To D or Not to D?

Henrietta Norton BSc, Dip NT, MBANT, AFMCP Co-founder of Wild Nutrition and Nutritional Therapist.

Clinically established vitamin D deficiency (hypovitaminosis) is becoming a global concern (regardless of latitude i.e. sun exposure) and improvement in intake of vitamin D across the UK population is fast becoming a health priority.

 

Previous concerns about deficiencies have been associated with poor bone health, most notably the development of Rickets, a condition which is again on the increase according to national statistics. However the observations from the most recent large cohort studies have unraveled other key physiological roles of this vitamin and a causative relationship between vitamin D deficiency and an increased risk of cancers, pre-eclampsia, diabetes, CVD, autoimmune diseases and the flu.

 

Why supplement with Vitamin D?

 

Today about 50% of Europeans are estimated to be deficient in vitamin D3. An even greater prevalence of Vitamin D deficiency is documented in the senior population, especially those institutionalized or frail, those with a darker skin tone, those who are obese, pregnant, have mal-absorption due to other nutrient deficiencies (especially the trace minerals), or wear sun protective clothing due to religious or other reasons. Sunshine is arguably not a reliable source, since sufficient solar radiation depends on the season and there are associated risks of skin ageing and cancer. Notably, all of Europe gets insufficient UVB intensity during the months November to the end of March, resulting in minimal skin production of this crucial vitamin during the winter season, independent of age. As its half-life is 3 to 6 weeks the seasonal peak in late summer decreases rapidly with a steep decline over the winter months. Additionally, skin production of vitamin D declines with age, leaving seniors with a 4-times lower capacity to produce it in their skin compared to younger adults. The use of sunscreen and sun protective clothing reduces skin production of the vitamin, independent of age. More than 50% of post-menopausal women with osteoporosis have suboptimal levels. The widespread use of statins, may also further exacerbate deficiency and the cost of associated treatment. Alternatively, natural nutritional food sources of vitamin D are rare.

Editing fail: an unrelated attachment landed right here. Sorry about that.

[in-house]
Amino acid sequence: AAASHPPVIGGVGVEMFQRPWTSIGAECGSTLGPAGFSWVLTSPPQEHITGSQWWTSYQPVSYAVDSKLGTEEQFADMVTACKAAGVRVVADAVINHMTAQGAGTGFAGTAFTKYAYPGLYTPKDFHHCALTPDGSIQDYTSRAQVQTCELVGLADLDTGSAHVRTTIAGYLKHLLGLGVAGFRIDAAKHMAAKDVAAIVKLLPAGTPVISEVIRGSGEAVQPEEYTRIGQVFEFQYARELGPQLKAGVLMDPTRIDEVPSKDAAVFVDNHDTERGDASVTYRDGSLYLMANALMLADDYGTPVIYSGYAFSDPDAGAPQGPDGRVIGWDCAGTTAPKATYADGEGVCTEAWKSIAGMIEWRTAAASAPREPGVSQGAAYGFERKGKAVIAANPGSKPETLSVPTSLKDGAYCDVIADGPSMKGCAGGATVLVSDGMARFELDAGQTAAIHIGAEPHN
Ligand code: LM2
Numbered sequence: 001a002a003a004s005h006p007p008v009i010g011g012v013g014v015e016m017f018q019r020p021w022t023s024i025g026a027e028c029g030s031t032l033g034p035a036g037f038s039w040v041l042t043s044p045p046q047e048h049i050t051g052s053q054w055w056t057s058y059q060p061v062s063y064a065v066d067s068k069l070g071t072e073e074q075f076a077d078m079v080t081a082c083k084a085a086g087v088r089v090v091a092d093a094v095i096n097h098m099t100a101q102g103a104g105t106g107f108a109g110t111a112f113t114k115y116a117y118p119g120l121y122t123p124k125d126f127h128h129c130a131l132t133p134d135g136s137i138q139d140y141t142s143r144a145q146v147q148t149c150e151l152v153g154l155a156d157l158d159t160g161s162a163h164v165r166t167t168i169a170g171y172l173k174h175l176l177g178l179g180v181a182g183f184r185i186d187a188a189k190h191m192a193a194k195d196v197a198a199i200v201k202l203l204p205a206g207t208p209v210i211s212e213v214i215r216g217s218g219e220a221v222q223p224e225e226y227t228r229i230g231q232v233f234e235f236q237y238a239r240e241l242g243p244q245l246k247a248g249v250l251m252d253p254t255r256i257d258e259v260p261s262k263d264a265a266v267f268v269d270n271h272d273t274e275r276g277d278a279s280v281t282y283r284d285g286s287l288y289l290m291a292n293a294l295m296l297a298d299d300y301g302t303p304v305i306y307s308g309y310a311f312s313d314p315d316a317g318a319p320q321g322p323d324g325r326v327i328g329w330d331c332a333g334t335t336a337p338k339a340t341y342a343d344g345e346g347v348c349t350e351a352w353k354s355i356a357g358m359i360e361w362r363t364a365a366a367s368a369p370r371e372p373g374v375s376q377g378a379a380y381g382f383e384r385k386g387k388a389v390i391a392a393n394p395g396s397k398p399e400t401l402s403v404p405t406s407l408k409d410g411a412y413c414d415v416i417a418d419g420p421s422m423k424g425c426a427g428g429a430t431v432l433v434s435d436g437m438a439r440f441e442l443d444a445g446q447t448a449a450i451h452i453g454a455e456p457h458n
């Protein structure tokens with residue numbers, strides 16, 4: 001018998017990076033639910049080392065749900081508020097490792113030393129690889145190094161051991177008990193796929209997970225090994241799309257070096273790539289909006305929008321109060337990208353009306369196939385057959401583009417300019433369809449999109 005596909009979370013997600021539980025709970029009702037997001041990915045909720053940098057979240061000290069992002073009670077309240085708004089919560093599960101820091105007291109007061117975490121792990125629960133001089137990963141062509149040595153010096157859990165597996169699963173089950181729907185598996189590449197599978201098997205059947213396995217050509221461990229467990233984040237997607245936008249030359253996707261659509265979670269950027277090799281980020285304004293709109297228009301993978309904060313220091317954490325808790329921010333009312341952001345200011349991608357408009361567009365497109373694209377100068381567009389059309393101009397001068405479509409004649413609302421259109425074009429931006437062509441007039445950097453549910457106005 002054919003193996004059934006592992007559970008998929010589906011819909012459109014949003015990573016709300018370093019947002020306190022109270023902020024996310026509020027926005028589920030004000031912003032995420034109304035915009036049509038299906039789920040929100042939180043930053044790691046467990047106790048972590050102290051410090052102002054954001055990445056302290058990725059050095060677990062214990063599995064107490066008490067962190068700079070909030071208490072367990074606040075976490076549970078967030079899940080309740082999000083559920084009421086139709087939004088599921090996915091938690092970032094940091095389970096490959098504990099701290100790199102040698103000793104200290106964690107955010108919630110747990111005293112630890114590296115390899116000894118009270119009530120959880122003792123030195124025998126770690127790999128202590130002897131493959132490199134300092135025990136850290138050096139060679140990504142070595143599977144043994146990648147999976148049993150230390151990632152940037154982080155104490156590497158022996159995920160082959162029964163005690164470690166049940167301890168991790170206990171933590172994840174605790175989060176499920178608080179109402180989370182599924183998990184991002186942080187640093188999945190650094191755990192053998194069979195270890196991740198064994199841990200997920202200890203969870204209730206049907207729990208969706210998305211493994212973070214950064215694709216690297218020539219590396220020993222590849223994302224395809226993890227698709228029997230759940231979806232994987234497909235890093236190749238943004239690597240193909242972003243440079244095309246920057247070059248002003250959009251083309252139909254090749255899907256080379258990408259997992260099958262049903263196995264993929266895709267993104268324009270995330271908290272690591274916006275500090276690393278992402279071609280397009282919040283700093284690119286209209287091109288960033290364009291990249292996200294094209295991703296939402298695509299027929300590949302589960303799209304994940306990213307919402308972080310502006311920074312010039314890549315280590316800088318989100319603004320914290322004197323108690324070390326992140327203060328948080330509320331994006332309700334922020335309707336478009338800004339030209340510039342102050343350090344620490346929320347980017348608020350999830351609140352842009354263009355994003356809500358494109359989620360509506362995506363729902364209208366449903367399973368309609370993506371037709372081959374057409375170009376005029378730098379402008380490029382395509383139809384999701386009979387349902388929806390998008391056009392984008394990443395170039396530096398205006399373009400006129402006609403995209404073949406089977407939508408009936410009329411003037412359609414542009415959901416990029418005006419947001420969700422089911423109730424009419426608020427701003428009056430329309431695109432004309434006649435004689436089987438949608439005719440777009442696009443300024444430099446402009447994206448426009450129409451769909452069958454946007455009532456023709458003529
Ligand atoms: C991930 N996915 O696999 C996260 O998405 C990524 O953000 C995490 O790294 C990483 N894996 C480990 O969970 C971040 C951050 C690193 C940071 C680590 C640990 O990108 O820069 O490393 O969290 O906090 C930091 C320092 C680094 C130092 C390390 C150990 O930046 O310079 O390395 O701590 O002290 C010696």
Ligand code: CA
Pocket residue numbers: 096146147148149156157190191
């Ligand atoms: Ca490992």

A great supplement to support this is our Food-Grown® Vitamin D, which provides this essential nutrient in a live, raw, highly absorbable 'food-form'. This naturally includes all forms of vitamin D, including vitamin D3, D2 and D1. A study conducted showed that the Food-Grown® version includes both the ‘stored’ (25-hydroxy) and biologically ‘active’ (1-25 hydroxy) forms. The body will always need to convert any ‘stored’ form of vitamin D3 into the ‘active’ form for it to do its various jobs like supporting calcium absorption. This makes supplementing in the ‘active’ form preferential. A highly absorbable and biologically active form may also minimize the need for ‘mega dosing’.

 

How much do I need?

 

The Department of Health recommends:

 

  • Everyone over the age of four should take 10 micrograms (400 iu) of vitamin D every day, particularly from October to March.
  • All pregnant, breastfeeding women and at-risk groups (such as people from ethnic minority groups with dark skin, elderly people in care homes and those who wear clothing that cover most the skin)  should take a daily supplement containing 10 micrograms (400iu) of vitamin D. Consider that many people in the UK do not get good access to consistent sunlight due to work and 'typical British' summer weather.
  • All babies from birth up to one year of age should take 8.5 to 10 micrograms per day (particularly those being breastfed).
  • Babies fed infant formula will not need vitamin drops until they are receiving less than 500ml (about a pint) of infant formula a day, as these products are fortified with vitamin D.
  • Children between the age of one and four should take 10 micrograms of vitamin D supplements all year round.
  • People aged 65 years and over and people not exposed to much sun should also take a daily supplement containing 10 micrograms (400iu).

 

Its important to comprehend that more than 400 iu (10ug) may be safely taken by adults  - since recommendations are to make sure people meet minimum requirements. Individual requirements will of course vary and some may need more than 400 iu (10ug), especially if your levels are low.

 

Our vitamin D supplement is 25ug (1,000 iu) in two capsules (each capsule is 500iu). This may be safely taken by most adults but pregnant or breastfeeding women or anyone else unclear on how much to take, may speak to our in-house technical team is you have questions over dosage levels.

 

 

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